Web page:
Go ahead and say it out loud: brise-soleil(bree so-LAY). Sounds nice, does not it? Maybe you just received a modest impressed head nod from the coworker or some curious look from you cat. It rolls off the tongue and translates from the French as “sun block” Commonly defined as a permanent architectural element, it has the double benefit of mitigating the harsh sunlight and warmth whilst concurrently providing visual interest to some facade.
Major credit for all these sun-blocking constructions extends to architect Le Corbusier, together with his use of outside grid-like concrete fittings in the 1950s to keep the interiors of buildings cooler in warm climates, such as with his Chandigarh project in India.
Nowadays we see contemporary versions of those sunshades (usually lighter and often rendered in thin metal or wood slats) on homes throughout many areas.
Steve Domoney Architecture
Think about a brise-soleil as dividers on the outside of a House. It does the exact same heavy lifting of blocking out unwanted heat gain as inside blinds or drapes. Yet since the place is on the outside, it blocks the warmth from the sun’s rays before they hit the glass and then enter the inside area, keeping your home cooler.
Nick Noyes Architecture
Have a look at the shadows from the structure over the doors and window onto the side of the home, visual evidence that displays can block out intense sunlight.
To maximize the effectiveness of fixed louvers, pair up with a local architect to assess the specific location of your dwelling, including the climate zone and latitude where the project sits.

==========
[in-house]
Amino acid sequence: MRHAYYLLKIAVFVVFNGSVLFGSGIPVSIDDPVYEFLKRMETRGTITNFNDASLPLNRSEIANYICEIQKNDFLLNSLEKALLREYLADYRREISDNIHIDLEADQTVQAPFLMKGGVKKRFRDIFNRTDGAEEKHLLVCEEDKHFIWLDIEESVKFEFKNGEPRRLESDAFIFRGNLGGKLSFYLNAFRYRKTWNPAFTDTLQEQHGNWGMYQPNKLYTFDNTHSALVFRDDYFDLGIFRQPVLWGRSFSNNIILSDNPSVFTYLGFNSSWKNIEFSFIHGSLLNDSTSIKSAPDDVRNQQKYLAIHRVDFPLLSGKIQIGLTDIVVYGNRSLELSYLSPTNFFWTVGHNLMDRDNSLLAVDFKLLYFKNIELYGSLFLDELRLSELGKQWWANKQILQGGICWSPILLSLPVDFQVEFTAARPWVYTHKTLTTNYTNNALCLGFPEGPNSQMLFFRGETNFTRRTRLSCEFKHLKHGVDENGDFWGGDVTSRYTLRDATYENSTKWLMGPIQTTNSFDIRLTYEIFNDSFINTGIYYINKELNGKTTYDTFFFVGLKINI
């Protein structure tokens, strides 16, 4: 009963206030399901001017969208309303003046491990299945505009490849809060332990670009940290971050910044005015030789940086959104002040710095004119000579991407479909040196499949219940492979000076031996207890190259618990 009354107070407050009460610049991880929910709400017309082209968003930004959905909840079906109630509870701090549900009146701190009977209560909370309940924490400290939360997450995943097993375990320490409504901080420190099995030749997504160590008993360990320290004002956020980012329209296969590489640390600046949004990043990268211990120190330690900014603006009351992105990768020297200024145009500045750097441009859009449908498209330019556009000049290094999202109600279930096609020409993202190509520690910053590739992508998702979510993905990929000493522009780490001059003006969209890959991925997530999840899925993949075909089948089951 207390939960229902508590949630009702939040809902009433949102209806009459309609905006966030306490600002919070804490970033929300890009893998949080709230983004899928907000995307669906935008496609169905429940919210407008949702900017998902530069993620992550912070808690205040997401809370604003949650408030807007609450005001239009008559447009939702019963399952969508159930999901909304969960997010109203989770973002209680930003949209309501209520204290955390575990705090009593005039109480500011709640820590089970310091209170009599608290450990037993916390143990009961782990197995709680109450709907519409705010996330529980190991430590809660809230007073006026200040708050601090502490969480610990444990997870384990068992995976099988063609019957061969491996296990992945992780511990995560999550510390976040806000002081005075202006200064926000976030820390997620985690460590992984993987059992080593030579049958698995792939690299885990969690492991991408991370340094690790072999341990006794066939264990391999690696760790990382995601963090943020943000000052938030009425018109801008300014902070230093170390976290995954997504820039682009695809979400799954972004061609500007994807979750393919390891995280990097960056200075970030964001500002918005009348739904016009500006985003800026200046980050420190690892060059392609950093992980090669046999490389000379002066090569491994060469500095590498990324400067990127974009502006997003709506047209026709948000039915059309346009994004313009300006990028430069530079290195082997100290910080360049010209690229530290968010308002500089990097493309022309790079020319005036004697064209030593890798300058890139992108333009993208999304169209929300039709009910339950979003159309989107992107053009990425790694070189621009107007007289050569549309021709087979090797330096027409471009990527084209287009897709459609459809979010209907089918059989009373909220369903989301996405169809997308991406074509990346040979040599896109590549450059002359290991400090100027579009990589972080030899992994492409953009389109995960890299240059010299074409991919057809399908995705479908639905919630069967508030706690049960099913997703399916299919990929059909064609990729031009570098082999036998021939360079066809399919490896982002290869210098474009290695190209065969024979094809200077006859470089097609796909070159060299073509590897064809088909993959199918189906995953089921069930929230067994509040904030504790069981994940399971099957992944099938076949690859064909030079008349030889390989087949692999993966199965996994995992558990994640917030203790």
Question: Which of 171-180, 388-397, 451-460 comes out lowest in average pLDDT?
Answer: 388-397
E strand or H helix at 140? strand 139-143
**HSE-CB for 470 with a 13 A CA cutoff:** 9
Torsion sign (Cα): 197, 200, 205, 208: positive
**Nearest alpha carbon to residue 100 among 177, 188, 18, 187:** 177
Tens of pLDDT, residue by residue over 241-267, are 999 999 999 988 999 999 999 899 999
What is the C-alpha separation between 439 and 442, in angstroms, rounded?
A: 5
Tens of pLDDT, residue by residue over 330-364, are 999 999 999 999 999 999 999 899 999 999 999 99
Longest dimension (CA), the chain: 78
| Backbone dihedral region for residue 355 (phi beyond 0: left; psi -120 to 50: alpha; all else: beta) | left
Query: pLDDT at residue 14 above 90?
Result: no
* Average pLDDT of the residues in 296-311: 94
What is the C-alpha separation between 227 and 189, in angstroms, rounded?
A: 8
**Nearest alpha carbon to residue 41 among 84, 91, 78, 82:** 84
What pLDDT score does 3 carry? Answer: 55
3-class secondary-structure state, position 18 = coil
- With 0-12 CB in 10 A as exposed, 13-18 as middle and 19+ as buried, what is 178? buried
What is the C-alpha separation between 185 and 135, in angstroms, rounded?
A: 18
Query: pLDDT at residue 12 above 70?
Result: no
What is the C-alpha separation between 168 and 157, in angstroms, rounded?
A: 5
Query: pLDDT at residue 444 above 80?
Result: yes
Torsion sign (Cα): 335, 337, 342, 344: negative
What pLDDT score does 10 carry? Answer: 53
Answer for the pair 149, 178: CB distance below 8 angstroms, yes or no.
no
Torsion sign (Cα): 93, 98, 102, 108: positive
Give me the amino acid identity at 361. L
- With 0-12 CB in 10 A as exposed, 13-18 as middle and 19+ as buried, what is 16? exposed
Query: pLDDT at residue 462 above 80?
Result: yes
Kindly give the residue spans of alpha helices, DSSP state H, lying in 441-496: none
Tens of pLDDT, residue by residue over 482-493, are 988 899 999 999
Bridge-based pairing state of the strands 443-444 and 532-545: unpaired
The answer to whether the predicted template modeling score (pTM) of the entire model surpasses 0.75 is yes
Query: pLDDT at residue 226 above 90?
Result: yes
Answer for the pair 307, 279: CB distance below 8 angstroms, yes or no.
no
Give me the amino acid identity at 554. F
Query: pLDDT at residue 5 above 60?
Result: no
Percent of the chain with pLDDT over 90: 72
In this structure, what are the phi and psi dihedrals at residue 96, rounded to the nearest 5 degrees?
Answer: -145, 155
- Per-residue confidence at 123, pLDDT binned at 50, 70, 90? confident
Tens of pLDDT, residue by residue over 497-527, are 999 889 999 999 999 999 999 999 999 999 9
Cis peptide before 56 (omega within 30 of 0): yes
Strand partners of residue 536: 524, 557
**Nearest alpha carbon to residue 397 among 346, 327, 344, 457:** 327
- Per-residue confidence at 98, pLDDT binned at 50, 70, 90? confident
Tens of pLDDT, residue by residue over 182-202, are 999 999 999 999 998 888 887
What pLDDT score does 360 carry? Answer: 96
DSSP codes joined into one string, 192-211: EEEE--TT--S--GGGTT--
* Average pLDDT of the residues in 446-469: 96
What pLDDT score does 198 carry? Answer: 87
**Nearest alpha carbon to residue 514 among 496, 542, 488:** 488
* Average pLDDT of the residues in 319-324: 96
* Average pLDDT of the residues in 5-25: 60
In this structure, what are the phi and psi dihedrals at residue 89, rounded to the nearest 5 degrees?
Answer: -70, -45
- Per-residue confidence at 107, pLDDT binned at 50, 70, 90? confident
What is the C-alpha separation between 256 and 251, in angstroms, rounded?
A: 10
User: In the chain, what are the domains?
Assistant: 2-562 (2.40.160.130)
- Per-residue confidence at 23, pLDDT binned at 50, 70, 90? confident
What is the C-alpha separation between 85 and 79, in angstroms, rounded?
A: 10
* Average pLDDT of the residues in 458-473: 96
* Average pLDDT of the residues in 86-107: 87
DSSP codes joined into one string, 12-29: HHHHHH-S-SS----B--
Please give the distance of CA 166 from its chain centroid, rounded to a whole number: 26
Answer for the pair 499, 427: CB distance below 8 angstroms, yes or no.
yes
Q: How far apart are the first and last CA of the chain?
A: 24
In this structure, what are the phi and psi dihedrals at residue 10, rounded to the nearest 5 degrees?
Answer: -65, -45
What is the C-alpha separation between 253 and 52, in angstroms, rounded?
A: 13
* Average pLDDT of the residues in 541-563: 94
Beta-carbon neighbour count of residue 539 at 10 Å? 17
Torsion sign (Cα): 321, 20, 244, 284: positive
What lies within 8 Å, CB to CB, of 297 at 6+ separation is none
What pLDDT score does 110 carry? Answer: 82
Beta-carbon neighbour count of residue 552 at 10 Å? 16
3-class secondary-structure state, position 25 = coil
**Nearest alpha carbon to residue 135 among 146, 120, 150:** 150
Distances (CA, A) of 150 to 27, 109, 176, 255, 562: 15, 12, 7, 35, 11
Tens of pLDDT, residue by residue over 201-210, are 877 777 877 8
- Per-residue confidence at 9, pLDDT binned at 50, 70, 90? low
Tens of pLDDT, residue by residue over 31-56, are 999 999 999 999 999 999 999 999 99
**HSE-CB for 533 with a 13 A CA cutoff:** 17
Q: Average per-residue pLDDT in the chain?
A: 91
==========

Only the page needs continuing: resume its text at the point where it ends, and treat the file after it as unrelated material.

Architect AIBC, Randy Bens
Horizontal fixtures work well on southern facades, while vertical fixtures mitigate sunlight more effectively on east and west facades — because of the sun’s angle in the sky throughout the day.
The screen can also be an independent statement, as revealed here, standing proud of their glass windows. The facade can be blended in by it.
Stelle Lomont Rouhani Architects
Simply take the sunscreen’s material . Here material and the color of the slats match the rest of the architecture.
At night the screen adds privacy to an otherwise full-height glass wall.
The brise-soleil in front of the window is integrated with the general facade, as it’s all constructed of the same material. In this case the entire wood screen is slightly detached from the present home and strengthens the original form.
When a screen is significantly detached from the architecture, it defines a semiprivate exterior room adjacent to the home. The number of slats decreases with the structure’s height here, providing another layer of interest.
The Brick House
This brise-soleil defines a very simple exterior space that is located between the domain of sunlight and shadows.
aamodt / plumb architects
The attractiveness of sunlight is the fact that it is dynamic — always moving and changing our surroundings. A sunscreen can act as a permanent piece of artwork that exerts and exerts this movement. An elaborate custom made metallic screen like this creates altering patterns since the afternoon progresses.
Mills Gorman Architects
These playful shadows offer a calm environment and a unique veil of privacy on the inside.
A very simple wood slat mounted to the exterior creates a sophisticated interior here, while always working to cut out solar heat gain before it hits the glass.
These displays are on paths, producing interactive architectural items that conceal or show the glass facade, depending on the homeowner’s taste.
Contemplate these many variants of this contemporary brise-soleilthe next time you want to protect your home from solar heat gain or gain privacy.
Tell us are you prepared to live at the zone of filtered darkness and light?
More: See Light Play in 14 Homes From Paris to Texas